By C.J. Walke
This season was the first in my 10 years of working with fruit tree growers that I heard numerous reports of apples and peaches vanishing from trees in just a few days or even overnight. In early August, emails starting popping up in my inbox with subject lines reading “Vanishing apples” and “Missing peaches.” People were writing, as well as telling me on the street, that fruit was disappearing from trees and not a single drop could be found on the ground. Where did they all go?
At first it seemed odd, and one gardener even questioned his own sanity, saying, “I swear it had peaches on it just the other day!” But as reports rolled in from across the state and from Southern New Hampshire with the same story, it became clear that people were losing fruit, and some garden veggies, to something that could carry them away quickly.
Some of the first questions came from neighbors on Mount Desert Island, so I immediately thought it was a deer problem, based on the fact that deer are numerous on MDI, but also on personal experience. In July of 2017, the Reliance peach right off the back of the farmhouse at College of the Atlantic had a nice crop of peaches that disappeared practically overnight. We were having the roof replaced, so I quietly blamed the roofers (sorry guys!) for roughing up the tree with ladders, staging, etc.
This past July, the same tree had a nice crop of peaches, beautifully thinned I must say, and early one morning I spotted a deer at the tree eating every rock-hard peach it could reach. All that remained were the peaches at the top of the tree. But what didn’t make sense was that people were losing all of the fruit on a tree, not just the lower fruit, so the answer was squirrels.
Gray squirrels and red squirrels are not a very common orchard pest and rarely draw much concern, although some commercial orchards have to deal with them on a regular basis. So once the culprits were named, the question became, why is this such a problem in this particular year?
I first thought of the drought. Recent growing seasons have been increasingly drier, and by the first week of August, USDA Drought Monitor maps had most of the Maine coast in moderate drought conditions. (As I write this in early October, most of the Maine islands and far Down East are still in moderate drought.) So I assumed regular freshwater sources were low, squirrels and deer were thirsty, and young apples and peaches were a good source of water.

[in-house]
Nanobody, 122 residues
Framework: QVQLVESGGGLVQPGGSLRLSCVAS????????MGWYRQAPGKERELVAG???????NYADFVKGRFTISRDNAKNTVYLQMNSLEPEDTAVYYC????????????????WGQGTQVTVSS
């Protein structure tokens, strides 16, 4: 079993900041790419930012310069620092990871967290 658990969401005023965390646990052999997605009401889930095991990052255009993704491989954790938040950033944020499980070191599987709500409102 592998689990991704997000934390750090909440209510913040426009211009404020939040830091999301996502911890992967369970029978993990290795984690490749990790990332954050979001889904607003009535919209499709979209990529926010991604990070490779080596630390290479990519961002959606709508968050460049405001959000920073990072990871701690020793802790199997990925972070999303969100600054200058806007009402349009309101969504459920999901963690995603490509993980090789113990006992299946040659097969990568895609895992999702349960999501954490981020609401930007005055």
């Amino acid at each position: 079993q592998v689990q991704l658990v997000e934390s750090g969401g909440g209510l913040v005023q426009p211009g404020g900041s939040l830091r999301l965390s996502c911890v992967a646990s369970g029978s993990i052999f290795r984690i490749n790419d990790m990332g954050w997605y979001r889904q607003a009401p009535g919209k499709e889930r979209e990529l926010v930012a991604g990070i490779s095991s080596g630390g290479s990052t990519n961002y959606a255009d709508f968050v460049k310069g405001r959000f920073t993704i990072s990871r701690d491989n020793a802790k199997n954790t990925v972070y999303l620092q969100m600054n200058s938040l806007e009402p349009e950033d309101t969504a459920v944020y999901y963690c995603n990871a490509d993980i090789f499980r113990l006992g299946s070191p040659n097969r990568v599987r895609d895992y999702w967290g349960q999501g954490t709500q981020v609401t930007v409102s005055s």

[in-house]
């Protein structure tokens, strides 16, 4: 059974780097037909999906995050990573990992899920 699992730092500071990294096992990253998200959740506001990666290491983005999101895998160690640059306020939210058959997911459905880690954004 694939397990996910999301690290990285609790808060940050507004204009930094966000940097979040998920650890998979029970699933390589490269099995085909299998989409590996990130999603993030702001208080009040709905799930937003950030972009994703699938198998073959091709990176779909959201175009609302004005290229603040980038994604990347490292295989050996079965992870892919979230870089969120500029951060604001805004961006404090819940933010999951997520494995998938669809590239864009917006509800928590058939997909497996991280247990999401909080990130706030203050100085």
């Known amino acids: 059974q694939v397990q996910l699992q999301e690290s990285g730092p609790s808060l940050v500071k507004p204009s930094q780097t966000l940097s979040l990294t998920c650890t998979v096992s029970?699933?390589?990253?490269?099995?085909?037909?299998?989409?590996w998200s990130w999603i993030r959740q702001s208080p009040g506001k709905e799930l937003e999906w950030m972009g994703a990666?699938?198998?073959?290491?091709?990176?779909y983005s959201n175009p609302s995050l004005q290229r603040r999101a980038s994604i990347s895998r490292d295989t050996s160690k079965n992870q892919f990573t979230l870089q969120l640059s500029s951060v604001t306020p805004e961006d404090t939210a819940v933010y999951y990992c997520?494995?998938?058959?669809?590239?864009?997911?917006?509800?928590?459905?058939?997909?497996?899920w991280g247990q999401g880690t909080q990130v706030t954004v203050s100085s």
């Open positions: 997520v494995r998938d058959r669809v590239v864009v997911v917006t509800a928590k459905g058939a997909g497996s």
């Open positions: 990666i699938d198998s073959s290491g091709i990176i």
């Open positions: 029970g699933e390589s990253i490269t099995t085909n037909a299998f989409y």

By mid-August I started noticing more and more dead squirrels on the roads, and mid-September seemed to bring an alarming amount of roadkill squirrels everywhere. At this year’s Common Ground Country Fair, I saw an ecologically-minded biologist friend who told me that the past two years have been exceptional mast crop years (acorns, beechnuts, etc.), which are a major food source for squirrels. Combined with favorable breeding conditions, squirrel populations exploded this year, and that seemed to explain it all.
In late September the Maine Tree Fruit Newsletter from the University of Maine Cooperative Extension Pest Management Office wrote about the squirrel problem in Maine orchards this season. It included reports from state officials about the sheer number of killed squirrels along roads and the interstate, as well as information for growers with crop insurance on how to best account for and report the damage from this unusual orchard pest.
Growers don’t seem to have many control options. Squirrels are excellent tree climbers, as we all know, and they can jump high enough to get into most of the lower scaffold branches of most pruned trees. So creating barriers such as tin flashing around tree trunks would not be enough and, depending on your scale, could be impractical.
For now, I think we chalk it up to another random anomaly that makes organic farming and gardening perennially new and exciting, and occasionally challenging and frustrating. Wildlife officials do not expect next year’s squirrel populations to be as abundant as this year’s.
|Fruit weight and strong winds snapped most of what remained of this peach tree. It has been replaced with a young Red Haven tree. Photo by C.J. Walke|
A Peach Update
In the spring 2018 edition of The MOF&G, I wrote about growing peaches in Maine and ended the piece with the description of a poorly pruned and trained tree (before my time!) here on the farm that had succumbed to storm damage. This season, that shattered tree produced a strong crop of peaches on its remaining limbs, but the fruit weight and strong winds eventually snapped most of what remained on that tree and it is now destined for the wood chip pile.
On a positive note, I planted a young Red Haven peach this spring with great hopes for the future. Good training of young trees and proper pruning as they age are essential for success with organic fruit trees, especially with softer-wooded peaches and other stone fruit. You can learn these techniques at MOFGA’s Organic Orcharding workshops that start in late February and March, so stay tuned and check the “MOFGA Events” tab on www.mofga.org.
C.J. Walke is MOFGA’s organic orchard educator and farm manager at College of the Atlantic. You can contact him at [email protected].